Do unto Bob Crow as Margaret Thatcher did unto Arthur Scargill
And while he meditates upon the ineffable ecstasies of his Elysian Union bringing the great city of London to a halt, there is chaos for commuters: workers crowd onto humming buses; roads are gridlocked as more traffic spews out more noxious fumes; shoppers sweat laden with their accumulations; and the tourists just give up and walk.
Mayor Boris, of course, has a helmet to cover his blond mop and a bike – a proper aerodynamic machine with thin racing tyres – permitting him to dodge buses and lorries and even the occasional red light.
While the Mayor still arrives on time, thousands of businesses are adversely affected. The whole inconvenience is estimated to have cost London around £100,000,000
But Bob Crow has a problem: his is not the only union for London Transport. And as drivers from ASLEF choose to cross RMT picket lines, his disciples may well be wondering why they are following him into the wilderness. After all, they already earn £40,000 a year – significantly more than teachers, nurses and policemen. And their financial sacrifice does not diminish the income of the Crow household one penny. Indeed, Mrs Crow is very conveniently employed by the RMT to run its credit union, and her business must benefit as Mr Crow’s members face increasing hardship.
Bob Crow is a bully. He is far less interested in negotiation than he is in intimidation. And when the economy of London largely depends on the efficient functioning of the Underground, he takes great pleasure in holding management and politicians to ransom, forcing them to accept his obnoxious brand of disruption.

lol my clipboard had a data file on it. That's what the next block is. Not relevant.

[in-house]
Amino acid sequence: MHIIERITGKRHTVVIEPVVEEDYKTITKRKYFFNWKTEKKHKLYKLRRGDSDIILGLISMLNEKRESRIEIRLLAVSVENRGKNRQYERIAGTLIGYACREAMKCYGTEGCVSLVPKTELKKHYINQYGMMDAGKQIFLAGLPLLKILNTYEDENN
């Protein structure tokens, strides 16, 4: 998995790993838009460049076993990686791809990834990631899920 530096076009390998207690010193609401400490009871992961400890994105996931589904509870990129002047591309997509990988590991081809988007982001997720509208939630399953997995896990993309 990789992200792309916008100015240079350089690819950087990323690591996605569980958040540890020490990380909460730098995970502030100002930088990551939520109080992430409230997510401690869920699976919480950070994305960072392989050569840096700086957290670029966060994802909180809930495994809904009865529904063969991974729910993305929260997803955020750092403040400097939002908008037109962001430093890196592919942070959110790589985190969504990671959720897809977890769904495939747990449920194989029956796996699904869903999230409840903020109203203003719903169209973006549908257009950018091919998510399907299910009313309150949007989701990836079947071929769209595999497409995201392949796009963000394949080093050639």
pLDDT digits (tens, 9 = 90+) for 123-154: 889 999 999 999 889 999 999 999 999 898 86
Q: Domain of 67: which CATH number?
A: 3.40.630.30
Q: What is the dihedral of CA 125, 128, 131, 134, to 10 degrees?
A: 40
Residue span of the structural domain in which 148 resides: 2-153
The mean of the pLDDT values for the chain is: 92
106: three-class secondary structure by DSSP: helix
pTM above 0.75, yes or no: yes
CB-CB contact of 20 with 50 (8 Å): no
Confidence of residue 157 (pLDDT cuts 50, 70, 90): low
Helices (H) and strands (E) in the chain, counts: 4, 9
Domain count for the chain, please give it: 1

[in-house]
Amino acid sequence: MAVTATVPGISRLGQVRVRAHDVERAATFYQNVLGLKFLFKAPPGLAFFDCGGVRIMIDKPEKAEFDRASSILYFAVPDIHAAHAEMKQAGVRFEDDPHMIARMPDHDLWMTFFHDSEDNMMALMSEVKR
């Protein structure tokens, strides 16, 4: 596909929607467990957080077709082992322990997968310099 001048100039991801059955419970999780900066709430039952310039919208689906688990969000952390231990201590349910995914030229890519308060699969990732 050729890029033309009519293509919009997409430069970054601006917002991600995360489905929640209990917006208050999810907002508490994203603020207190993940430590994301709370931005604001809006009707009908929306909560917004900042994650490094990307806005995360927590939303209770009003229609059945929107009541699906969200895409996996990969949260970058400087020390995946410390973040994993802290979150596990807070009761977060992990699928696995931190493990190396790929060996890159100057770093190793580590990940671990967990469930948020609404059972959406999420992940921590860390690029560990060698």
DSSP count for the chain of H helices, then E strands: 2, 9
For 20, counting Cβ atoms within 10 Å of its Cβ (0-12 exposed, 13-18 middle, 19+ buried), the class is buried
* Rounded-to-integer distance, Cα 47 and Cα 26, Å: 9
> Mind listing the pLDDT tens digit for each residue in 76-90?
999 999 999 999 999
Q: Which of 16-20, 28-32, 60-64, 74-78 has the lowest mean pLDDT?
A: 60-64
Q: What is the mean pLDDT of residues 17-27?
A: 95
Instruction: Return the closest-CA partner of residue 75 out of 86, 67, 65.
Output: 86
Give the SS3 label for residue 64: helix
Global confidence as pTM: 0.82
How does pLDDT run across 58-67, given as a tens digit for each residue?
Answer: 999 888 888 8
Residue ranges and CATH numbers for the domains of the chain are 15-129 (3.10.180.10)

But here is an opportunity for Mayor Boris in what must be the biggest challenge he has faced. It is not one for him to cast himself in iron and acquire a handbag: he is unique and affable – quite capable of out-smarting the RMT while simultaneously charming its innocent victims. Ken Livingstone would probably have had Bob Crow over to City Hall for beer and sandwiches. And then he would have caved in and given his comrade everything he demanded.
Margaret Thatcher ended this militant mentality.
Mayor Boris was elected govern. With ASLEF crossing picket lines and an estimated quarter of RMT staff reporting for work, the political battle has already been won. The problem is the false prophet, crowing about solidarity and victory while millions of Londoners endure purgatory.
There is little public sympathy for train drivers on £40,000 a year who, in the midst of Gordon Brown’s credit-crunch-induced recession, are demanding even higher salaries and a guarantee of jobs for life. Mayor Boris cannot sack them all, but he can break the ringleader. He may not have a handbag, but the victory over Bob Crow was won on the playing fields of Eton.
Boris Johnson has strategy, tenacity and charm. Bob Crow is a mutton-headed, plug-ugly hooligan. The Mayor will not be held to ransom by militants, but neither can he afford to wait for a Cameron-led government to introduce a law banning strikes by essential transport workers. As 2012 approaches, he cannot risk the whole Olympic project being subject to Mr Crow threatening to bring his members out on strike in order that Mrs Crow may dish out more credit.
The Mayor ought to order an immediate feasibility study into the introduction of driverless trains. It is puzzling that an aeroplane can cross the Atlantic entirely on autopilot, but a journey from Piccadilly to Heathrow is not possible without a man pushing buttons and pulling levers. This development is not only technologically possible, it would provide the Mayor with the mechanism for threatening to make striking drivers lawfully and legitimately redundant. And then he must consider privatisation of the whole outfit, for London Underground sustains the pre-Thatcherite feel of British Rail, British Airways or British Leyland: the moment a reform is proposed or a pay demand refused, the Crow-cry (after a ballot) is ‘Everybody out!’, even if the majority of members have not even bothered to vote.
Mayor Boris was elected to govern, and so he must. Cranmer feels sure that what the Mayor learnt on the playing fields of Eton fully equipped him to deal decisively with those who bully and blackmail. The common good is the greater good. He must do to Bob Crow precisely what Margaret Thatcher did to Arthur Scargill. That would be moral, noble, righteous and just.